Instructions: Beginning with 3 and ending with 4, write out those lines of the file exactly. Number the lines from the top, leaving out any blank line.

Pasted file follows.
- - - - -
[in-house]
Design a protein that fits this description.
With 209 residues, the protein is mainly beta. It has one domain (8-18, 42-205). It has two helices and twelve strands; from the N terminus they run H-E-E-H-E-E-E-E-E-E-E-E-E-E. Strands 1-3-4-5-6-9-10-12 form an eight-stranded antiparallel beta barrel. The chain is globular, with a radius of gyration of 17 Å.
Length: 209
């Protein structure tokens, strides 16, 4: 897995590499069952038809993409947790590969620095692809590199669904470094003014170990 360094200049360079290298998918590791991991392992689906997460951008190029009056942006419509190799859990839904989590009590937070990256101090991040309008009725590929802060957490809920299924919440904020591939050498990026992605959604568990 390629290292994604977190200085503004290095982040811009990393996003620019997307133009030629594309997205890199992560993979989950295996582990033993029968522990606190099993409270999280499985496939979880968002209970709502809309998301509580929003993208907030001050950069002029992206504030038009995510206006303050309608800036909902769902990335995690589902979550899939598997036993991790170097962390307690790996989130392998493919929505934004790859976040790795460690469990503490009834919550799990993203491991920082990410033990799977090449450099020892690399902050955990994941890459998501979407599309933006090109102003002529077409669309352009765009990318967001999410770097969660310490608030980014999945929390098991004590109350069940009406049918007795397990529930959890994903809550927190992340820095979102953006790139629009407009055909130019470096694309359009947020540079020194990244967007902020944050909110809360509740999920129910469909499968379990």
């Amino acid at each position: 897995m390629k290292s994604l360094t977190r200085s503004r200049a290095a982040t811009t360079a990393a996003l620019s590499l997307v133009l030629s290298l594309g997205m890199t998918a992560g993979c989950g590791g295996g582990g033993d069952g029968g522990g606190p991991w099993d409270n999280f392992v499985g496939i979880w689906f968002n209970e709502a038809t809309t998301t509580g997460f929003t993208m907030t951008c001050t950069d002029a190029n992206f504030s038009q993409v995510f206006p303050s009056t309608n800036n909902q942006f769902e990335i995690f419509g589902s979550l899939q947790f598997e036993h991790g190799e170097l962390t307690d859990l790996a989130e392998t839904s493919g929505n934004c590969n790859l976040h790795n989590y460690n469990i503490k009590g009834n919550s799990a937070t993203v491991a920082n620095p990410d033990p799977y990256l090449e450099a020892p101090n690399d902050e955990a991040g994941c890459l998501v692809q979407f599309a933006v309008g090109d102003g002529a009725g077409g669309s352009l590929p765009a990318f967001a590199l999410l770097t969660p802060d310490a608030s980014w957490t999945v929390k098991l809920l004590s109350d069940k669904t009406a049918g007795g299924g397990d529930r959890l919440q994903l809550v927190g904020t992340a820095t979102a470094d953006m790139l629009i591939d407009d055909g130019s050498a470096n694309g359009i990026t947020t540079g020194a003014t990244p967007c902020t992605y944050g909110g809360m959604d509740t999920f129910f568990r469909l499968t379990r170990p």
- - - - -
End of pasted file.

With 209 residues, the protein is mainly beta. It has one domain (8-18, 42-205). It has two helices and twelve strands; from the N terminus they run H-E-E-H-E-E-E-E-E-E-E-E-E-E. Strands 1-3-4-5-6-9-10-12 form an eight-stranded antiparallel beta barrel. The chain is globular, with a radius of gyration of 17 Å.
Length: 209